By Stephanie Kato, Metaphysical Intuitive Healer
“Self-knowledge is the beginning of self-improvement.” Baltasar Gracian
“Unhappiness is the hunger pain for change…” Kari Hohne
Why do we strive to improve ourselves?
Regardless of race, religion, gender or sex, people are not that different from one another. We all want to be happy. We all want to love and be loved. Happiness goals vary among people. Some want financial success for security and to increase their status in the world. Others want contentment in their relationships for their offspring, families, friends, business associates, others in the world and themselves. Many people want good health–mental, emotional, physical, and spiritual. Whatever instigates the need for happiness one thing remains…human beings desire happy and meaningful lives.
How do we create daily happiness and contentment?
So much of life is out of our control, and for some people this creates anxiety. I like to accept certain realities instead of living with the illusions of our fantasies. We cannot control how another person thinks or behaves. We cannot control the outcome of certain aspects of our lives. Attempts to control what we cannot contribute to frustration, disappointment, and physical issues. Accepting what is within our control and what is not frees us and allows us to embrace more joy and contentment. Often, a shift in perspective is all we need to create happiness. Let’s focus on aspects of life that we can control.
Here are a few examples:
Opening our hearts and sharing love with each other isn’t always easy. We must first begin with ourselves. Self-love and self-compassion are the core requirements for happiness and peace. Many people do not show themselves loving kindness so naturally self-judgment, self-criticism, and self-destruction rules our lives.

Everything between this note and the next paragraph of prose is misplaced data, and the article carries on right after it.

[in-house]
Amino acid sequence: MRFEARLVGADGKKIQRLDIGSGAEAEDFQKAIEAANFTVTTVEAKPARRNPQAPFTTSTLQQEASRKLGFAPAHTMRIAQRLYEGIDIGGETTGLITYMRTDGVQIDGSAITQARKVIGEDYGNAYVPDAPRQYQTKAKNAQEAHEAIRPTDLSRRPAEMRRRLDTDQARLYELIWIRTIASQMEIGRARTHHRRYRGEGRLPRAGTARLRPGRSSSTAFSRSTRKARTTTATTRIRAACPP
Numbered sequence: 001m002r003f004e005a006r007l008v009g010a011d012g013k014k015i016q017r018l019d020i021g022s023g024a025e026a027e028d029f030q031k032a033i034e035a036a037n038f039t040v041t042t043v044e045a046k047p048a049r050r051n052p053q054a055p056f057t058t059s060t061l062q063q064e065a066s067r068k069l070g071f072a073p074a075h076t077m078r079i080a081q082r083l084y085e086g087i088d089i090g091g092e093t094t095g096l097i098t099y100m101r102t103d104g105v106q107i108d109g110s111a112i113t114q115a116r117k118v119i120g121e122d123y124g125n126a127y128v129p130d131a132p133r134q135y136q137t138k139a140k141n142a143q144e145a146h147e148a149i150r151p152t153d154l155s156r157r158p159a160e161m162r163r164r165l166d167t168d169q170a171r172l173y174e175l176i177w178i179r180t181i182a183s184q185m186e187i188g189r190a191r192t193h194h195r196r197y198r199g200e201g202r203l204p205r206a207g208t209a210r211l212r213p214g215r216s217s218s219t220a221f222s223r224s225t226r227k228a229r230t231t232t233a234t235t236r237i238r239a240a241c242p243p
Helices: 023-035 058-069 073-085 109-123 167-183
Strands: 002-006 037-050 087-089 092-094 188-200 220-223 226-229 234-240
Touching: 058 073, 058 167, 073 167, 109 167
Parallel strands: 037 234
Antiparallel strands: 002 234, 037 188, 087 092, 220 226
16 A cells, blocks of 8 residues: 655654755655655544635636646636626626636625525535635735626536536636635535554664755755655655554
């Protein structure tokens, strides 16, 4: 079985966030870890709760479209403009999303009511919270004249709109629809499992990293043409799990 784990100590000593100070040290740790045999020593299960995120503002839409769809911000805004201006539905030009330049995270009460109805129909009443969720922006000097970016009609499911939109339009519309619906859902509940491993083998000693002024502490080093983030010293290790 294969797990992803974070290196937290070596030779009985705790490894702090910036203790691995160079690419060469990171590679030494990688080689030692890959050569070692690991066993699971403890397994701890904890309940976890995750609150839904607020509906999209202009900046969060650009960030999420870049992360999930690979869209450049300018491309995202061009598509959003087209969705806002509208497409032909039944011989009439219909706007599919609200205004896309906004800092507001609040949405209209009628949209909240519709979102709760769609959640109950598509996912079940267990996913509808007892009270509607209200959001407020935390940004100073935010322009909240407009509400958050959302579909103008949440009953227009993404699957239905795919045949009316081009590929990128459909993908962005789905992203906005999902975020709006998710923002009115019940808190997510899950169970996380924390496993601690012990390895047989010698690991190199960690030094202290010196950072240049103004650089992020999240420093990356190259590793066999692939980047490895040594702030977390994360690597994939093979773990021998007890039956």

We can heal past traumatic experiences so they no longer create
emotional pain and physical dysfunction in our present lives.
To live happy and peaceful lives, we must address and master four main concepts to attain the joy we seek:
Daily Mindfulness Living
Before embarking on a soul’s journey of self-healing, we must begin with a present mind. Human beings avoid feeling their emotions (because some are painful) through distractions. This is true today more than ever with the distracting technology all around us. When uncomfortable feelings arise, we grab our phones and peruse social media. We manage internal anxiety by controlling external circumstances (including other people). We take part in addictive experiences to avoid feeling our feelings, and we succeed this way, but only temporarily. The only way we monitor our current beliefs (and shift those that no longer serve us) is to be present with what our minds present as truth. We must question these beliefs to determine when change is needed. The most profound change is to own our responsibilities in our relationships and our lives.
Taking Full Responsibility
It is virtually impossible to find joy and live freely if we are unwilling to admit our part in every interaction of our lives. To know one’s true self, we must go under the protective layers we’ve carefully built up through denial and justification. I have compassion for these layers because we learned how to cope with pain and trauma in our childhoods, though it becomes disruptive and destructive if we continue coping this way as adults. We cannot enjoy the sweet candy until we unwrap the wrapper. Getting to the root of discomfort in our lives requires us to heal our past and awaken to our truth. Truth looks different for every person. The one thing we all have in common is this:
Every single person on the planet deserves love and peace.